"We've got a problem here and all over the state with that," Hugo Holland, a Caddo assistant district attorney and co-author of the bill, said. Shoplifting is an everyday reality for major stores like Wal Mart and Target, costing them an estimated $50 billion. Yet, Shoplifting is now the newest form of organized crime. Shoplifting rings steal the items then sell them on the streets for a profit. That's why Rep. Powell and the Caddo District Attorney's office say this law is so important. "It will allow us during a 180 day period to count all the thefts to get it up to a felony level," Paul Carmouche, Caddo District Attorney, said.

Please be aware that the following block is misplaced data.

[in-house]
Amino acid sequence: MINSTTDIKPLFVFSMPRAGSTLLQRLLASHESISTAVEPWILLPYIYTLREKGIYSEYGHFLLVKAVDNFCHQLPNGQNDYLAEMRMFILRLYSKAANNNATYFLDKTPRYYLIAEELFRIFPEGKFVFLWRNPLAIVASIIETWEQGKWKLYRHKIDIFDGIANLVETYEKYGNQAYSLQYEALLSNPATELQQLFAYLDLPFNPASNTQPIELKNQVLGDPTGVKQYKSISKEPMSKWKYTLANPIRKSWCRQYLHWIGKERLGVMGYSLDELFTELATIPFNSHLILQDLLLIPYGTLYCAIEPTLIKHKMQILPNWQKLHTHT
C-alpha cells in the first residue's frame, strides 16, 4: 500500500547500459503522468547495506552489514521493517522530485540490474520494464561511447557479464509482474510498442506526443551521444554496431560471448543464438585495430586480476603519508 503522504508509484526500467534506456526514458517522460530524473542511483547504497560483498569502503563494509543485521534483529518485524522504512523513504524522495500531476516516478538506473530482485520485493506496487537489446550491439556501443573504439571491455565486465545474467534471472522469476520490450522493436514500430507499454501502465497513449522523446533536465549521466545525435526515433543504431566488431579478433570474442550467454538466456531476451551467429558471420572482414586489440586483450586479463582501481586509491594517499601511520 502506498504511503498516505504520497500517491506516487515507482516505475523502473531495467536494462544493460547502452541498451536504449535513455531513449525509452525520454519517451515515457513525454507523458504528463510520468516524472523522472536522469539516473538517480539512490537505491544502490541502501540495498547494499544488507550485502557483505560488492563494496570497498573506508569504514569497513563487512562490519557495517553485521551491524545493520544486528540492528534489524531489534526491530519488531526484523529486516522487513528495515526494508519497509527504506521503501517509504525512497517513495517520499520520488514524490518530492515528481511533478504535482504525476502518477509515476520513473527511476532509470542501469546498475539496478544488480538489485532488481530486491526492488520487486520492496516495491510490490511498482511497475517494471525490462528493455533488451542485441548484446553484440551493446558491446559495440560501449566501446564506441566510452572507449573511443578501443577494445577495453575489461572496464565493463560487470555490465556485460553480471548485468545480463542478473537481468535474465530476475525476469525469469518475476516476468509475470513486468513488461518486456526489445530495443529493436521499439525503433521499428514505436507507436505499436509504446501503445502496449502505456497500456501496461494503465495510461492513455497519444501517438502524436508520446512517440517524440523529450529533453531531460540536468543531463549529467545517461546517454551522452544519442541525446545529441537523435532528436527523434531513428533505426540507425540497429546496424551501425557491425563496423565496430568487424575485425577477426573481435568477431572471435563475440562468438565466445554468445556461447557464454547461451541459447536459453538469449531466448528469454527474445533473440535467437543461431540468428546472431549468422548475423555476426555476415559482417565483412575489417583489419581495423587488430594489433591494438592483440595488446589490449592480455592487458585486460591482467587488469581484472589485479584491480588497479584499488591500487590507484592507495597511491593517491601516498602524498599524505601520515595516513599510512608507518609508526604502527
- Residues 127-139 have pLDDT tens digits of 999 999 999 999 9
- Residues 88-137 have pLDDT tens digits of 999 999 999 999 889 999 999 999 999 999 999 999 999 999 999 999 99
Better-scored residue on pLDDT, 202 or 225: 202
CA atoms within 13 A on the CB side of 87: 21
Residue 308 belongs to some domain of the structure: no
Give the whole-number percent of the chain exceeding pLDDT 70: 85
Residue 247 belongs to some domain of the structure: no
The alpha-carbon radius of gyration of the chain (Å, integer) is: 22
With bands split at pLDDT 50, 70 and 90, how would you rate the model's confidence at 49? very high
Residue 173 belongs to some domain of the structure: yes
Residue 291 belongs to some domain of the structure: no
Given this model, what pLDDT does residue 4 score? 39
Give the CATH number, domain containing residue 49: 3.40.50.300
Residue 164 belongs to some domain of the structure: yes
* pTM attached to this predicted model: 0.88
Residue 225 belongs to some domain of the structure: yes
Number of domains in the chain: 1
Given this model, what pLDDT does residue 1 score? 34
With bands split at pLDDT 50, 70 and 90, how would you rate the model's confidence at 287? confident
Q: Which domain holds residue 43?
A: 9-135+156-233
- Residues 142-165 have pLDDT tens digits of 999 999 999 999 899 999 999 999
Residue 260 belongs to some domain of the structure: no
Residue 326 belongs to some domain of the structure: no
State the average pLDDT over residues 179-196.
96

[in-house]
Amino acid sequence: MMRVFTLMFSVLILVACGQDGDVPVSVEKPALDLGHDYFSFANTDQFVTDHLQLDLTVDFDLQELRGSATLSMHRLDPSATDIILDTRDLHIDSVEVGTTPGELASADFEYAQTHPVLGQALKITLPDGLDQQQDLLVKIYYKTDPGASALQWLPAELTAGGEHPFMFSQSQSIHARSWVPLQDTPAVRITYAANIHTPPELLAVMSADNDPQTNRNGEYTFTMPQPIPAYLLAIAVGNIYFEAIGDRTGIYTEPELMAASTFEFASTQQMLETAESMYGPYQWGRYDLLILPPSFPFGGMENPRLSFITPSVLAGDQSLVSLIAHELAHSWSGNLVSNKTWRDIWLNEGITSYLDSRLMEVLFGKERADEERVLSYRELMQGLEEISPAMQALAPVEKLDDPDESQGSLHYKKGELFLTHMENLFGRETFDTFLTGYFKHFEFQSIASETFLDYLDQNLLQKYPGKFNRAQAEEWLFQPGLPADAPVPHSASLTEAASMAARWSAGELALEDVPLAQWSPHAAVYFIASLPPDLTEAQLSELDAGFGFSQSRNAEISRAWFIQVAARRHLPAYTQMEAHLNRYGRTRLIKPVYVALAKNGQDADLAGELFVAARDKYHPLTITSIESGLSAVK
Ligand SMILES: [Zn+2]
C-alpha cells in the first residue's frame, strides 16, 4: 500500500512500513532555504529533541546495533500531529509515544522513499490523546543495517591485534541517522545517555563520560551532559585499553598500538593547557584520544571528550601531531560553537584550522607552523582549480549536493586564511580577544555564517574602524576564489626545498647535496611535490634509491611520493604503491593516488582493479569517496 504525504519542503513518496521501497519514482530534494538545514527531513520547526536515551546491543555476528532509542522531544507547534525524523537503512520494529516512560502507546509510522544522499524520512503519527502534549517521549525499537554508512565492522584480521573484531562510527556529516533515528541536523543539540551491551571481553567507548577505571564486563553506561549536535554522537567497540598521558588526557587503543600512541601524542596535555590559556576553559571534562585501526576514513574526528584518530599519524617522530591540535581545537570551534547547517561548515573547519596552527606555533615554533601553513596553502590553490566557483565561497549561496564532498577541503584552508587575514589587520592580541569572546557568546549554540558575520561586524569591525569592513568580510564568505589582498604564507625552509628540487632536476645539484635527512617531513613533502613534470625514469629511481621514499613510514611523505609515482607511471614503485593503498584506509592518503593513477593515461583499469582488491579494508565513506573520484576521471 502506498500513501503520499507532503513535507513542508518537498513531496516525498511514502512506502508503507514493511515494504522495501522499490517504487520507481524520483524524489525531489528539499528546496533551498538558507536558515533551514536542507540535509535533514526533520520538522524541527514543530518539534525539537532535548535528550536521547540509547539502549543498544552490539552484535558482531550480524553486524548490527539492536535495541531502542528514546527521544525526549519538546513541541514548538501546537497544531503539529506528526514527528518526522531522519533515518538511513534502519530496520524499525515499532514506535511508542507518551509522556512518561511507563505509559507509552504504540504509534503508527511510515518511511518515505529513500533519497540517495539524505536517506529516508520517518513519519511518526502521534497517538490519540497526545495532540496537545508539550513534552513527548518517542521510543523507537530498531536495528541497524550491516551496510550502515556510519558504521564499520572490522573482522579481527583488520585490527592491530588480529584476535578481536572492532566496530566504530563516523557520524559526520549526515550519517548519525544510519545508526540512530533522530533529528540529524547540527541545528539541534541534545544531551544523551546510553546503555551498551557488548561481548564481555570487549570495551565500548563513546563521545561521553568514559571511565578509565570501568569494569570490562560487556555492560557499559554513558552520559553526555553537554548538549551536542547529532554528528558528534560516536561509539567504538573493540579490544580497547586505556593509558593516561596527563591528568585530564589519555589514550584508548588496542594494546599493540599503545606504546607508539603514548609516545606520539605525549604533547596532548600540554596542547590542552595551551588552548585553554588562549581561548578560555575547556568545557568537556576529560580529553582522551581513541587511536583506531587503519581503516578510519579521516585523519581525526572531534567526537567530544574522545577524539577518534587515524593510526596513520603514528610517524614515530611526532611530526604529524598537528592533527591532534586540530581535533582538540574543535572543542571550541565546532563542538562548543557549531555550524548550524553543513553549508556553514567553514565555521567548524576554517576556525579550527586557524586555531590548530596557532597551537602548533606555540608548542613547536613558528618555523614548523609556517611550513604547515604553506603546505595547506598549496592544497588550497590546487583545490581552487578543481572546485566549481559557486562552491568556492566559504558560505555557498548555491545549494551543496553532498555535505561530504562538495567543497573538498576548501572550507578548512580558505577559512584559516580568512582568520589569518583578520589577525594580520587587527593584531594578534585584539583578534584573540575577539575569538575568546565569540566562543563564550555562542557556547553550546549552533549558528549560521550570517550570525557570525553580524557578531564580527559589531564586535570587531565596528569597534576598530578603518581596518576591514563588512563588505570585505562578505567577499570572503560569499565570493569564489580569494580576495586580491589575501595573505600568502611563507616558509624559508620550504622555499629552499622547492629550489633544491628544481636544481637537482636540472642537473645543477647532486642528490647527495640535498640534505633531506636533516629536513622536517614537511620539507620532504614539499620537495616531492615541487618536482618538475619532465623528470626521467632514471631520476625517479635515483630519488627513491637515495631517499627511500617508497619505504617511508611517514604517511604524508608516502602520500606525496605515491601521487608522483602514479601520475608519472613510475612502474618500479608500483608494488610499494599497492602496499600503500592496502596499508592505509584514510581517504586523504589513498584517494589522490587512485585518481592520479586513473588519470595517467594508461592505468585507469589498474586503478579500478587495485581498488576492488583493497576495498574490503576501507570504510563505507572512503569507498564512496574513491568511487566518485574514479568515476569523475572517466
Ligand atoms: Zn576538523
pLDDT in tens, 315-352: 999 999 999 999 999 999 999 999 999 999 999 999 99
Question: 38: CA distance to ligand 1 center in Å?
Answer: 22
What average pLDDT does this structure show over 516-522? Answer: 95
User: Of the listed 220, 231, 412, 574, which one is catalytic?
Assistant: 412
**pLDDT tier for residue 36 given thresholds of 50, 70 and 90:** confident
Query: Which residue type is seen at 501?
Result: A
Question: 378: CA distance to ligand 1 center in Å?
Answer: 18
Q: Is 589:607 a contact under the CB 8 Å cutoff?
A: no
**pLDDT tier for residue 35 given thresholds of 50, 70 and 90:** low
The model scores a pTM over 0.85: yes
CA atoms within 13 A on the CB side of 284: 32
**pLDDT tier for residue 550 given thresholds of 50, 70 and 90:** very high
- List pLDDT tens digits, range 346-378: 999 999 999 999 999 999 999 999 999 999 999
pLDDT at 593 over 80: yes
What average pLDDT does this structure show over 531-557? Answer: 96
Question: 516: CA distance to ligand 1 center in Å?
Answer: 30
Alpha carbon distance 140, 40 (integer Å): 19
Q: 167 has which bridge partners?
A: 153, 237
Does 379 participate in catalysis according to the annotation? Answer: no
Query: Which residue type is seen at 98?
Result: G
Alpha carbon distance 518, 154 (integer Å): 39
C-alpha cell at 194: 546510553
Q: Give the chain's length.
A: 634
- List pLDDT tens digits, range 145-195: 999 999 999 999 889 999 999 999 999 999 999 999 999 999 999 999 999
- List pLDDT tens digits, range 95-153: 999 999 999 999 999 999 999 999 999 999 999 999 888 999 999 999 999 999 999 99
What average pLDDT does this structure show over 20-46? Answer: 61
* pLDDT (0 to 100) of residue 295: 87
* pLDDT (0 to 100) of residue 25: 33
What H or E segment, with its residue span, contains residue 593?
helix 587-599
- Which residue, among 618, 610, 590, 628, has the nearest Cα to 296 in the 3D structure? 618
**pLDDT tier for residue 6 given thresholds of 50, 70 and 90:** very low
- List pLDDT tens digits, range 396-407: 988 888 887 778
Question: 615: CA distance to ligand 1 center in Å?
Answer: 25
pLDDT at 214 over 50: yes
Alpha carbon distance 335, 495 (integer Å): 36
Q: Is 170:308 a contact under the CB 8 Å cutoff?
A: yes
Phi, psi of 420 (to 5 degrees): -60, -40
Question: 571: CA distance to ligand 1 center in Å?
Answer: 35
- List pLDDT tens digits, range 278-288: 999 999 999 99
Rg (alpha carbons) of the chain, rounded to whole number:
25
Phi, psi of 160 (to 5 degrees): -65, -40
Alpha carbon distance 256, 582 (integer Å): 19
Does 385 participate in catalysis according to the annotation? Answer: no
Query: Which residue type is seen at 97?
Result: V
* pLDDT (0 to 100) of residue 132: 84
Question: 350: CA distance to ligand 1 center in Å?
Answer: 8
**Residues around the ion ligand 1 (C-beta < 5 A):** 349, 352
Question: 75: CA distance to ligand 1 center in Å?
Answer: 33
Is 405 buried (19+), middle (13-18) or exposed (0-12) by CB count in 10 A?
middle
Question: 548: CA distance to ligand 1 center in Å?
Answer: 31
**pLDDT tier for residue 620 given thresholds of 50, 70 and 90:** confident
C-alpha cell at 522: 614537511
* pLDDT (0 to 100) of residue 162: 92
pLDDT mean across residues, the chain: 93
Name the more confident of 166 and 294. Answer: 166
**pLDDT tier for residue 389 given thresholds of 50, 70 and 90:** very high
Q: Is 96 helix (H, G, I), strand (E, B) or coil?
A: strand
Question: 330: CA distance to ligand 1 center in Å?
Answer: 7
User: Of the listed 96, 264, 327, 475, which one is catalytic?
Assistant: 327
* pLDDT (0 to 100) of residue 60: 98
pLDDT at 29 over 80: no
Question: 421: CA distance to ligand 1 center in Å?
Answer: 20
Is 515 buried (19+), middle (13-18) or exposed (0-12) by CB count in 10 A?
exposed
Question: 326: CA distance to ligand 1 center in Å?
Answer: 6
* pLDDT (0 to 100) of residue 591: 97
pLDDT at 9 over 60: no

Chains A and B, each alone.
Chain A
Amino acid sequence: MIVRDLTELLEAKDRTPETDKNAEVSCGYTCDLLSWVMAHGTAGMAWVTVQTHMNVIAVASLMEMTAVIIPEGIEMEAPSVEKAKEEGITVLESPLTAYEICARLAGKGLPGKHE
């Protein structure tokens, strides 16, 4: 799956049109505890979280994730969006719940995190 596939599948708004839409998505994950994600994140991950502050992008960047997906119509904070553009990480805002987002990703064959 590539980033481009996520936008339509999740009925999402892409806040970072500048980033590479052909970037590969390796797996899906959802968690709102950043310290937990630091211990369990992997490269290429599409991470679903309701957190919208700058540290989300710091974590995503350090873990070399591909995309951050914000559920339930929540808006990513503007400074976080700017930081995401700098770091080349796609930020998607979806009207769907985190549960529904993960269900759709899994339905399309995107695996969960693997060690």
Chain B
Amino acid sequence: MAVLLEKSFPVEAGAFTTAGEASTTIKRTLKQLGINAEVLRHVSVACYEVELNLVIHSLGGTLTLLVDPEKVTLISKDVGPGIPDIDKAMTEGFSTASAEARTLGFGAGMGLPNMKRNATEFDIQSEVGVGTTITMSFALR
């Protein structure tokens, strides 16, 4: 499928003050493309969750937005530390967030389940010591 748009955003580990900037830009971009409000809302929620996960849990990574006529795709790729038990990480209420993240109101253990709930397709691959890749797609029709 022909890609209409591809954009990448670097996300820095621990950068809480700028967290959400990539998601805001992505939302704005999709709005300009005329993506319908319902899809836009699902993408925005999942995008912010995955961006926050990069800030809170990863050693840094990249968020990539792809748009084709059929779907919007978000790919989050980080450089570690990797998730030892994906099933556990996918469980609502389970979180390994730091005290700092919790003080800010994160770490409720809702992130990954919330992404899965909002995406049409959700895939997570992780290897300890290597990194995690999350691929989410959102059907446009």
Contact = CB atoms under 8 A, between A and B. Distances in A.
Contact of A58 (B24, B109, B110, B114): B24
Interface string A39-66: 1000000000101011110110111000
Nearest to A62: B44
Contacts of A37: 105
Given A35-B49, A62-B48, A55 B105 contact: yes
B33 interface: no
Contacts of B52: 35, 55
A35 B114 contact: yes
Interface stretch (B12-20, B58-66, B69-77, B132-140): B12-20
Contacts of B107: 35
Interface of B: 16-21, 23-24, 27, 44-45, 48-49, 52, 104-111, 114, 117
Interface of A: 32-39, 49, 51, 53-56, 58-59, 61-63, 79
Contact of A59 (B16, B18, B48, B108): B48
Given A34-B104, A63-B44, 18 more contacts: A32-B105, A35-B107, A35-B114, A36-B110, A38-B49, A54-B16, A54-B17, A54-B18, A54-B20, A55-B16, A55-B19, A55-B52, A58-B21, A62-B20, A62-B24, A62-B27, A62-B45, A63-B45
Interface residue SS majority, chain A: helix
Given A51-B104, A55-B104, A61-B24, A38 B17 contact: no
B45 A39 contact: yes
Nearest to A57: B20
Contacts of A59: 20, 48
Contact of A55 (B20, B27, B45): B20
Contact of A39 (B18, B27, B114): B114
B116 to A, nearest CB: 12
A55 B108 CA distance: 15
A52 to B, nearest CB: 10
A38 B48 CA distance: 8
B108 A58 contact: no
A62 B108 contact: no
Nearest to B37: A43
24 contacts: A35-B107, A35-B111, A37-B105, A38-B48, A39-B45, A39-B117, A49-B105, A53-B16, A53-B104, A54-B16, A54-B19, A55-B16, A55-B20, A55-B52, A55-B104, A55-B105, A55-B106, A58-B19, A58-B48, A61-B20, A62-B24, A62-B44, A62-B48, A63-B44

The law won't just be good for retailers; lawmakers say it could play a role in fighting terrorism. "The money then as customs has reported is being transferred to Syria and Lebanon and is believed to be used in illegal activities in the way of terrorism," Powell said. By slapping habitual shoplifters with felonies instead of misdemeanors, Powell and law enforcement hope to keep more of them off the streets and out of our stores." As organized crime takes on another level," Powell said," we need our law enforcement agencies to have the necessary tools to target those groups."
House Bill 113 also targets store owners who knowingly buy stolen goods through undercover police stings and arrests. The law has wide support and is expected to pass.